n the early summer of 2010, I was heading into the final long runs in
my marathon training. I was scheduled to run the San Francisco
marathon on July 25th. I was very nervous about the race. Having one
marathon under my belt, I felt ready for the distance but was starting
to feel anxious about the challenging hills I was to face in San
Francisco. At the same time, my father was prepping for knee
replacement surgery scheduled for July 6th. A surgery he was more than
willing to undergo. One that would finally put an end to nagging knee
pain. He would have to deal with some down time and physical therapy
post op, something my very active father was not exactly looking
forward to, but for a life free of knee pain, it would be worth it.
While still in the hospital, Dad got sick post-op. A test relative to
that discovered a mass in his trachea. That is the day our lives
My father was diagnosed with Adnoid Cystic Carcinoma, a very rare form
of cancer. ACC is typically found in the head or neck; 1,200 new
cases are diagnosed a year. Within the next month, he was scheduled
for his first surgery of what was to be many more to come.
Things that seemed like big hills before us - his physical therapy for
his new knee, my upcoming marathon - now seemed so trivial. A cancer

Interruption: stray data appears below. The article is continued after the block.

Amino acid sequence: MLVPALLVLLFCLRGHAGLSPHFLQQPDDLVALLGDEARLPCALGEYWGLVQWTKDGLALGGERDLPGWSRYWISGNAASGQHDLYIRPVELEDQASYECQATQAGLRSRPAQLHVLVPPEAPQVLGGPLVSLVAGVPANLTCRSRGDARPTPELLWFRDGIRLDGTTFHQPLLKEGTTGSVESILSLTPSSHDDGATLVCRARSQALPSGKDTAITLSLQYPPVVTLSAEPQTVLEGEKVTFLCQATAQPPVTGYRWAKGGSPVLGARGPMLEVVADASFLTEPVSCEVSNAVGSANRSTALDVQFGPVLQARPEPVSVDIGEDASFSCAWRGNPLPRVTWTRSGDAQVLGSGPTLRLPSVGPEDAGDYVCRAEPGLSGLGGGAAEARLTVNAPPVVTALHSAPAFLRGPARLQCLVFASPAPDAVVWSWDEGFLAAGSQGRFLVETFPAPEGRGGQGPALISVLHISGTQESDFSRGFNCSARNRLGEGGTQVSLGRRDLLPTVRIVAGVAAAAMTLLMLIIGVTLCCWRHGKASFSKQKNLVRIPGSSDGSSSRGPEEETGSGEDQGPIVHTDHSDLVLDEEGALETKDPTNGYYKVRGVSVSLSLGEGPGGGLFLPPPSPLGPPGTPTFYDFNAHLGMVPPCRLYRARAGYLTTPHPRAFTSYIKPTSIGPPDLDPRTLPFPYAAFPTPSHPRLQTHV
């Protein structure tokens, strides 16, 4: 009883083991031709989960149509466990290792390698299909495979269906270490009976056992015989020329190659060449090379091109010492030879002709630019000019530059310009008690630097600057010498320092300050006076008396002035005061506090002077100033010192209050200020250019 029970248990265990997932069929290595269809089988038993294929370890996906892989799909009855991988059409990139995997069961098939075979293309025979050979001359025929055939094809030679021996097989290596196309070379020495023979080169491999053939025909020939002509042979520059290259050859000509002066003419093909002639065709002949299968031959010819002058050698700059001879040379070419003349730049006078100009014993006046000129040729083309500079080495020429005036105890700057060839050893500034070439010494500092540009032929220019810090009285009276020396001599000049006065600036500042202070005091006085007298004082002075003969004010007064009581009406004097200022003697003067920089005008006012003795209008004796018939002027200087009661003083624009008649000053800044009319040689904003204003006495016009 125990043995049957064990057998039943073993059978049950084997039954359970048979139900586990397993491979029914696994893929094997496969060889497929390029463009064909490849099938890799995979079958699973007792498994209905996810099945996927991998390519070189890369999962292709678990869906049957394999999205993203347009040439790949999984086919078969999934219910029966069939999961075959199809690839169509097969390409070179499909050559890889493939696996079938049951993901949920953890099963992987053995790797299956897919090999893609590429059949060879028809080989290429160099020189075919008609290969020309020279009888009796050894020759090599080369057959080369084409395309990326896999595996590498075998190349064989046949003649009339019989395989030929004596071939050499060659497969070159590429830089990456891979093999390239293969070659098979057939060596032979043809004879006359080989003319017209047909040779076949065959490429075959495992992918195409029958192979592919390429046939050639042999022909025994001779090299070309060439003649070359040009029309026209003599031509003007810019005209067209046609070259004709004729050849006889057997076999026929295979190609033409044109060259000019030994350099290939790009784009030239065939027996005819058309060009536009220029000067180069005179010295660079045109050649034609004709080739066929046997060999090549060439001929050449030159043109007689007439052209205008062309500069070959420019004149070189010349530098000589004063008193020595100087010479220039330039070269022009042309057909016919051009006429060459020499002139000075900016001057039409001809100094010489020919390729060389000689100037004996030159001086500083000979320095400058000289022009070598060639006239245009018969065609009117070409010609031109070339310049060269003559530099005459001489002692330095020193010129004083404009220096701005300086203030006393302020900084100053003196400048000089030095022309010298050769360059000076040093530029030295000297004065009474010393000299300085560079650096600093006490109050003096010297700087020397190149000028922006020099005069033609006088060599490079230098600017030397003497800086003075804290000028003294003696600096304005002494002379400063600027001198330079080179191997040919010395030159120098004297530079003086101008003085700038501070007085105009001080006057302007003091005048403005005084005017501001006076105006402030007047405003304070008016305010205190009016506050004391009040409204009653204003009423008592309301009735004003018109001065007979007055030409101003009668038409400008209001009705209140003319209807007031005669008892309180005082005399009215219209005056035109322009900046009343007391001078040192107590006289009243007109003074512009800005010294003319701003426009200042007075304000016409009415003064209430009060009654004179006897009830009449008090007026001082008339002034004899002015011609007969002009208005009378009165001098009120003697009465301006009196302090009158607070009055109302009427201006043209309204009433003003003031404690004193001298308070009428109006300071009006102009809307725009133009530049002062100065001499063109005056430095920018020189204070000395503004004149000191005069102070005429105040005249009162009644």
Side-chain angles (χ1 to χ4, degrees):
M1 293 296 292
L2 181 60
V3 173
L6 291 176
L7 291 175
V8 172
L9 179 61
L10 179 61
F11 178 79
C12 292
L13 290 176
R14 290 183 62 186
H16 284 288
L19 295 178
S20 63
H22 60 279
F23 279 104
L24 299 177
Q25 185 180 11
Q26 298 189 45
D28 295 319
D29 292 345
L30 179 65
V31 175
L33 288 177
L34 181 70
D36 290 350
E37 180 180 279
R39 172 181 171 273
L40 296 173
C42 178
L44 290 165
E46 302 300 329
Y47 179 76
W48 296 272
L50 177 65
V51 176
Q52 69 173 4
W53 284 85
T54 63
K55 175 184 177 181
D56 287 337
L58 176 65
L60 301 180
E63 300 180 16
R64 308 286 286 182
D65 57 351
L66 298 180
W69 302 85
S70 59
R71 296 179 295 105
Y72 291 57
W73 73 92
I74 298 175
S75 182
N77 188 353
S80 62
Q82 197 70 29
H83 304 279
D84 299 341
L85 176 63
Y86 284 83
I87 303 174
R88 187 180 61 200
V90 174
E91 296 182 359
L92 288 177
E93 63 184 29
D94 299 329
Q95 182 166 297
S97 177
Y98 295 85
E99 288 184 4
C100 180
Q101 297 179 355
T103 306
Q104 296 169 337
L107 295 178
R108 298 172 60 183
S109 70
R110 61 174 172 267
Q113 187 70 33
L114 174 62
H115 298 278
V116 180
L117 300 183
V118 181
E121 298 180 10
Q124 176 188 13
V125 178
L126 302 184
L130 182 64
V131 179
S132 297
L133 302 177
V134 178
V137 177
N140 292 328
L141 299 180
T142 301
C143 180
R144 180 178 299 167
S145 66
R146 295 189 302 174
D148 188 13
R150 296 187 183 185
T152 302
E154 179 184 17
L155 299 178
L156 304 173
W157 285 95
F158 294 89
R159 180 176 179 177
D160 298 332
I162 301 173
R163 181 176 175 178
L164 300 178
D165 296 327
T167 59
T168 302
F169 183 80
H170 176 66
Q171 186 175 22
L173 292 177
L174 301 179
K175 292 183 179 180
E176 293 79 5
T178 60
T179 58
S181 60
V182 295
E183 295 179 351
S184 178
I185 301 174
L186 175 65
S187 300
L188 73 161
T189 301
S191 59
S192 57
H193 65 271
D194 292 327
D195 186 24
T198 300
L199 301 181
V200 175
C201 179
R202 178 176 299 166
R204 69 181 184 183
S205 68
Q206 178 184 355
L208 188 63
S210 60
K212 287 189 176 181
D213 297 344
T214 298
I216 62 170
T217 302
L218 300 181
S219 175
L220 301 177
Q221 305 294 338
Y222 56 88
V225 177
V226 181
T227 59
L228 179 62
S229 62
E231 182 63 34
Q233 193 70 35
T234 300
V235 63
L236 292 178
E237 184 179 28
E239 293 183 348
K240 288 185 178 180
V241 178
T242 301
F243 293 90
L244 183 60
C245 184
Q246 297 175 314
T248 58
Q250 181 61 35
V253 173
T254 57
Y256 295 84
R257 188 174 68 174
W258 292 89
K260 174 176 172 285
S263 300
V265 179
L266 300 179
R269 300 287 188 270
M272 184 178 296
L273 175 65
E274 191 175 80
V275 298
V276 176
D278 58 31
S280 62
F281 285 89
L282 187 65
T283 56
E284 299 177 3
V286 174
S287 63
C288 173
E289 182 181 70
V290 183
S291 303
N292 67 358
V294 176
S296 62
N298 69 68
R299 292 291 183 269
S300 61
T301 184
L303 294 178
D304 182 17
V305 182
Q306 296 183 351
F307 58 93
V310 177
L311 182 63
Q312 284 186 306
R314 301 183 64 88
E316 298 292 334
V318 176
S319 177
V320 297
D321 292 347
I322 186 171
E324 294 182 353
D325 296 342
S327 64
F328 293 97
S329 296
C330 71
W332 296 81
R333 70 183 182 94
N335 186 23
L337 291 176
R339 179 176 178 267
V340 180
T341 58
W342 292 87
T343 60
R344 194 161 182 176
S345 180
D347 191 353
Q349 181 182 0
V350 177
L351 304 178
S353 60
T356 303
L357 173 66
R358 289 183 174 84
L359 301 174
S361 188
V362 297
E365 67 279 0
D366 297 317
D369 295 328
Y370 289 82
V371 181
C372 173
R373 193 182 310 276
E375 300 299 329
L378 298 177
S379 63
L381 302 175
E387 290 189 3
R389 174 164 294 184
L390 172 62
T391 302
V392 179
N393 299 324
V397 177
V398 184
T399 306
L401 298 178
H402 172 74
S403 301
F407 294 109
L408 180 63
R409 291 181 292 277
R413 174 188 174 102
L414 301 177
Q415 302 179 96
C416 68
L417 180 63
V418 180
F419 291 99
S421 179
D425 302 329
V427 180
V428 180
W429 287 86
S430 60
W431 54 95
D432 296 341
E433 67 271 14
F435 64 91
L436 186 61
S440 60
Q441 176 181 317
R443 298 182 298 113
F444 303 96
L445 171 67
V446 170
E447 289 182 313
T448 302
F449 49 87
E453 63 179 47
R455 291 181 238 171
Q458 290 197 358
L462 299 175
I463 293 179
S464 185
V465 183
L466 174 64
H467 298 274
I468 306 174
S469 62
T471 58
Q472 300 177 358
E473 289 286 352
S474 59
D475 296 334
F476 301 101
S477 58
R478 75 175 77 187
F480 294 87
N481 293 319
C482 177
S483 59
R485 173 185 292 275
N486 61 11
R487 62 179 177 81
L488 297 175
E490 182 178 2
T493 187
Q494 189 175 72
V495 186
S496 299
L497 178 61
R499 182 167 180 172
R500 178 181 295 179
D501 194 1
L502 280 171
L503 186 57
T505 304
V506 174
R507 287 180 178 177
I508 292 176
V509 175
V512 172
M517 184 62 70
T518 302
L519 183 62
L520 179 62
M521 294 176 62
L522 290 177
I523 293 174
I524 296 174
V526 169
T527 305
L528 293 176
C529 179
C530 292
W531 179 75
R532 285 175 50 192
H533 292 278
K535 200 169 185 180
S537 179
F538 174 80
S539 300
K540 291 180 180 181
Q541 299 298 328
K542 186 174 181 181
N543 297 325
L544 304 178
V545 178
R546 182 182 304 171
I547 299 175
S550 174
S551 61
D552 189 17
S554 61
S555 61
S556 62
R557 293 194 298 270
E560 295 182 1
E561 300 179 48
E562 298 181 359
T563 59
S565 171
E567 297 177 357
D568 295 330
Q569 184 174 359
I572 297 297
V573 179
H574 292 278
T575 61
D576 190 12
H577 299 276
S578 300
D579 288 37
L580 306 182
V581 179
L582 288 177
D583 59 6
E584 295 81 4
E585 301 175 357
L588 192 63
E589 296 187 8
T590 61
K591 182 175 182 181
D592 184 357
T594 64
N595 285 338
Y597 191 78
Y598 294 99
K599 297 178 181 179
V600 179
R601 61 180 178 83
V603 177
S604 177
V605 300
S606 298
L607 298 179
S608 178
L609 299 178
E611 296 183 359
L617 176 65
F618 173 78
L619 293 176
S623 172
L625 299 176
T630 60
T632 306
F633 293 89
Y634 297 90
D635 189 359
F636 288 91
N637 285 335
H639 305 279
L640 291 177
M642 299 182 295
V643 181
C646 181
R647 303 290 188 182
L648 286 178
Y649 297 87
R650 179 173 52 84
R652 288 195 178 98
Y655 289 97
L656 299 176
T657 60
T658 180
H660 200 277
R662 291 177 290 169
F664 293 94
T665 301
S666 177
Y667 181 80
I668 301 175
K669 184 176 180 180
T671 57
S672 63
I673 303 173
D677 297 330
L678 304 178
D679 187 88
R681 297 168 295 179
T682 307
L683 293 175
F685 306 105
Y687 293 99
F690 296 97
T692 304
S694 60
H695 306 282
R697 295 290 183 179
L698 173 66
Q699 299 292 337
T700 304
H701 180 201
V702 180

diagnosis became the new mountain.
I lost my Dad, my hero, my inspiration, in April 2012. He fought
harder than I've ever seen anyone fight for anything in my life. He
stayed positive. Hopeful. He was willing to do anything. Try anything.
No treatment was to hard. From multiple surgeries to chemotherapy to
more radiation treatments than I can count where he had to lay
completely still, uncomfortable, in pain for long stretches at a time
(during which he would make up funny poems to pass the time...yet
another indication that Dad's sense of humor was always in tact, no
matter what!). He wanted to live. "Set 'em up and knock 'em down."
That's what he did. Get this treatment, surgery, appointment done and
move on to the next. Every time I asked him how he was feeling, he
always responded with, "Better today than yesterday!" That strength,
drive and determination was with him until the end.
So why am I running the San Francisco marathon? This year the race is
July 16th, three years since my father's diagnosis, a little over one
year since we lost him. The San Francisco marathon still seems like
such a difficult run to complete for a different reason. The hills no longer seem like
just an annoying part of a race; something to hurry up and get through, now they represent the mountains my
Dad suddenly had before him when he was diagnosed that summer. What he
had to climb during his fight against cancer. I didn't run San
Francisco in 2010. It wasn't important. Now it is. It is important
because of what it represents to me. Because it will always make me
think of what my Dad was faced with. And because the Adnoid Cystic
Carcinoma Research Foundation needs help. It doesn't get the publicity
of many of the more well know cancers because it is so rare. I want to
run and raise funding that will go directly to the ACCRF. I want to
know that their researchers are getting help from me, from you,
because if there was one thing that my Dad said over and over during
his fight, it was "If there is anything I can do to help someone else
down the road, I'll do it." It's my turn to carry on that wish.